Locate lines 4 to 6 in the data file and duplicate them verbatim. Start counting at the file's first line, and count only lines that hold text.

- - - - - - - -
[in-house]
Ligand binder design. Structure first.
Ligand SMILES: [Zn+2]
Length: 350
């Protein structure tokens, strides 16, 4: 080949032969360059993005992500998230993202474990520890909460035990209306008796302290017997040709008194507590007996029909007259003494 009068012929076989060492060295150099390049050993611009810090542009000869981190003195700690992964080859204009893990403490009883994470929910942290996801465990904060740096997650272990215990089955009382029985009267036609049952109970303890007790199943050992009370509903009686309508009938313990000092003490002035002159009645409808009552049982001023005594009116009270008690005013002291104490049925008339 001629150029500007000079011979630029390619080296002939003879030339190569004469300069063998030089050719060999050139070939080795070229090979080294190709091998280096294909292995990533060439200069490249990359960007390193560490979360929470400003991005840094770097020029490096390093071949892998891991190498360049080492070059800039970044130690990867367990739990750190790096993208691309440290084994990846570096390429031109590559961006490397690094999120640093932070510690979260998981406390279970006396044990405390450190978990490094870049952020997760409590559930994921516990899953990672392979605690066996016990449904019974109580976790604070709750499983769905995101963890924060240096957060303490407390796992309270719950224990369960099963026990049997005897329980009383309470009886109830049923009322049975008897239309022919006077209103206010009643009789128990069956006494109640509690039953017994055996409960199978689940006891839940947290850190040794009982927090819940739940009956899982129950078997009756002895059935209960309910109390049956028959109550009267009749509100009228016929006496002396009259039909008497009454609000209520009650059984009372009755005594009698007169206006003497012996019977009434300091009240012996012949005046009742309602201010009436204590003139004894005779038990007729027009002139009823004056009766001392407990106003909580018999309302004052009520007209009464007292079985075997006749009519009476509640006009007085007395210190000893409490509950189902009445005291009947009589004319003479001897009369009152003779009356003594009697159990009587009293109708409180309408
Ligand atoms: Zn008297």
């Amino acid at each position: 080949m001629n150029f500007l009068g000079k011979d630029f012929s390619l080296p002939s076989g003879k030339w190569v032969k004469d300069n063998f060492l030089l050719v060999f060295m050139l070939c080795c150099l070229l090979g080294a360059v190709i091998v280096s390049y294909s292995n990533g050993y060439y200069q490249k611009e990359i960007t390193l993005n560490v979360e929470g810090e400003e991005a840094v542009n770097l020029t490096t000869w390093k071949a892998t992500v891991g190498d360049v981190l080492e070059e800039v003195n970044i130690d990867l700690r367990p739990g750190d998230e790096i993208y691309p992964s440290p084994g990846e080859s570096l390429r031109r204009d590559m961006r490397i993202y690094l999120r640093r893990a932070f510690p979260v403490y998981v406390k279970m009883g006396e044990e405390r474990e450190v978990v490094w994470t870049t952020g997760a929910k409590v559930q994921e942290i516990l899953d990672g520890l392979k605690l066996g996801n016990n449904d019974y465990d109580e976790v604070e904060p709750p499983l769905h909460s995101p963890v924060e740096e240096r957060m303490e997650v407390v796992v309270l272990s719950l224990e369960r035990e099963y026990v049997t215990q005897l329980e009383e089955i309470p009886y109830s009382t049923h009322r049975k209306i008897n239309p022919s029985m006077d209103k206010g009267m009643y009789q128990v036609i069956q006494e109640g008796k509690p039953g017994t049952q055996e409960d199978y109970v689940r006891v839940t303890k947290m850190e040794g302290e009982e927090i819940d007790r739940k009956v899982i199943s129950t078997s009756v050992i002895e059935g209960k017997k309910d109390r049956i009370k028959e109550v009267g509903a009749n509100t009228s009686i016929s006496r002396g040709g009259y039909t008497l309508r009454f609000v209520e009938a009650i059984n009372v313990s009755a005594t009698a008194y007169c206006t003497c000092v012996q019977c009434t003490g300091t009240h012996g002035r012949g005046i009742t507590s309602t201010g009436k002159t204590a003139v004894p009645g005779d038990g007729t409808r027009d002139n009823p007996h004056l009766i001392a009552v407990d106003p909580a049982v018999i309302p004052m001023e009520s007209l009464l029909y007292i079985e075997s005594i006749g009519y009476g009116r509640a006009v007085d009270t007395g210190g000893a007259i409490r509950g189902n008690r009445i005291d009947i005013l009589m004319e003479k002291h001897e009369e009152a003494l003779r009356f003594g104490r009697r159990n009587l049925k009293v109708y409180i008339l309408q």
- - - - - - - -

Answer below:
Length: 350
């Protein structure tokens, strides 16, 4: 080949032969360059993005992500998230993202474990520890909460035990209306008796302290017997040709008194507590007996029909007259003494 009068012929076989060492060295150099390049050993611009810090542009000869981190003195700690992964080859204009893990403490009883994470929910942290996801465990904060740096997650272990215990089955009382029985009267036609049952109970303890007790199943050992009370509903009686309508009938313990000092003490002035002159009645409808009552049982001023005594009116009270008690005013002291104490049925008339 001629150029500007000079011979630029390619080296002939003879030339190569004469300069063998030089050719060999050139070939080795070229090979080294190709091998280096294909292995990533060439200069490249990359960007390193560490979360929470400003991005840094770097020029490096390093071949892998891991190498360049080492070059800039970044130690990867367990739990750190790096993208691309440290084994990846570096390429031109590559961006490397690094999120640093932070510690979260998981406390279970006396044990405390450190978990490094870049952020997760409590559930994921516990899953990672392979605690066996016990449904019974109580976790604070709750499983769905995101963890924060240096957060303490407390796992309270719950224990369960099963026990049997005897329980009383309470009886109830049923009322049975008897239309022919006077209103206010009643009789128990069956006494109640509690039953017994055996409960199978689940006891839940947290850190040794009982927090819940739940009956899982129950078997009756002895059935209960309910109390049956028959109550009267009749509100009228016929006496002396009259039909008497009454609000209520009650059984009372009755005594009698007169206006003497012996019977009434300091009240012996012949005046009742309602201010009436204590003139004894005779038990007729027009002139009823004056009766001392407990106003909580018999309302004052009520007209009464007292079985075997006749009519009476509640006009007085007395210190000893409490509950189902009445005291009947009589004319003479001897009369009152003779009356003594009697159990009587009293109708409180309408
Ligand atoms: Zn008297």